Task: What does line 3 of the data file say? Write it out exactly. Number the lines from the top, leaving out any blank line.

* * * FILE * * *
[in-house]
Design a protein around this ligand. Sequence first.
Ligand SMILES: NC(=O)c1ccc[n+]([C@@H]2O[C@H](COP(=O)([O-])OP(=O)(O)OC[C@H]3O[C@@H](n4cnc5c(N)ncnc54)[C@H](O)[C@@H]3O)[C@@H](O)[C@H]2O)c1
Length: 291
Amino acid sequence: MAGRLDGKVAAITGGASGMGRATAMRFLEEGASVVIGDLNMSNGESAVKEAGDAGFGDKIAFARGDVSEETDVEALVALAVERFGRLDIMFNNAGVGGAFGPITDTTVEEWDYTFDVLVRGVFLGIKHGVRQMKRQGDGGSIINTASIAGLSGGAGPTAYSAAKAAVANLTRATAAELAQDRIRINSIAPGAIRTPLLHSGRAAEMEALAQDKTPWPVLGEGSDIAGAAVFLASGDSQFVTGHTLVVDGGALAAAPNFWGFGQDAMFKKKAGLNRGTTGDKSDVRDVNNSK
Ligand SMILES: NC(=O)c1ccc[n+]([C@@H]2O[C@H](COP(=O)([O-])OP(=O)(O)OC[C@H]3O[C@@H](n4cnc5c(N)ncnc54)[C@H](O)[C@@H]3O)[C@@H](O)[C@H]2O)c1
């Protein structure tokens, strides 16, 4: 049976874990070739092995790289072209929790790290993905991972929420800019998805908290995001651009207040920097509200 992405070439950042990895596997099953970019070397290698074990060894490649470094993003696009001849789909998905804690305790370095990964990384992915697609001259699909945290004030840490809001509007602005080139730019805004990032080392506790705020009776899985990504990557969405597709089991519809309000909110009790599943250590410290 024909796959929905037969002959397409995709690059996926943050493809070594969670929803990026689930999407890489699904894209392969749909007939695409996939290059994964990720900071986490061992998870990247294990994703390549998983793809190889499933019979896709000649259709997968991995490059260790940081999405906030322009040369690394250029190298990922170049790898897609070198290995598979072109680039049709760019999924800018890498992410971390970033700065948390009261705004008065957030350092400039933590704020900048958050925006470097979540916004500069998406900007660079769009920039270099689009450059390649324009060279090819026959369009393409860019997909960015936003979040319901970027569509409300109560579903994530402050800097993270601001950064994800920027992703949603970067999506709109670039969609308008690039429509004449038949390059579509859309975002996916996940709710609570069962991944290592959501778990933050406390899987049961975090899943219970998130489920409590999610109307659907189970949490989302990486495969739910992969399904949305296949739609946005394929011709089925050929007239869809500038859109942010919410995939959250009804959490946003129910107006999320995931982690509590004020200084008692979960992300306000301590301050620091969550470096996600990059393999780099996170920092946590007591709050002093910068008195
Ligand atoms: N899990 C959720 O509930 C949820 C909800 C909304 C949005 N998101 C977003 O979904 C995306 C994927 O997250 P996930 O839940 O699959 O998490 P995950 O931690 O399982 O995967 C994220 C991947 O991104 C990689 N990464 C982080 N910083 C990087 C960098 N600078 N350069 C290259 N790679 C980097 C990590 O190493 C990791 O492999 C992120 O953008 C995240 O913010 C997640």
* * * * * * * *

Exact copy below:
Ligand SMILES: NC(=O)c1ccc[n+]([C@@H]2O[C@H](COP(=O)([O-])OP(=O)(O)OC[C@H]3O[C@@H](n4cnc5c(N)ncnc54)[C@H](O)[C@@H]3O)[C@@H](O)[C@H]2O)c1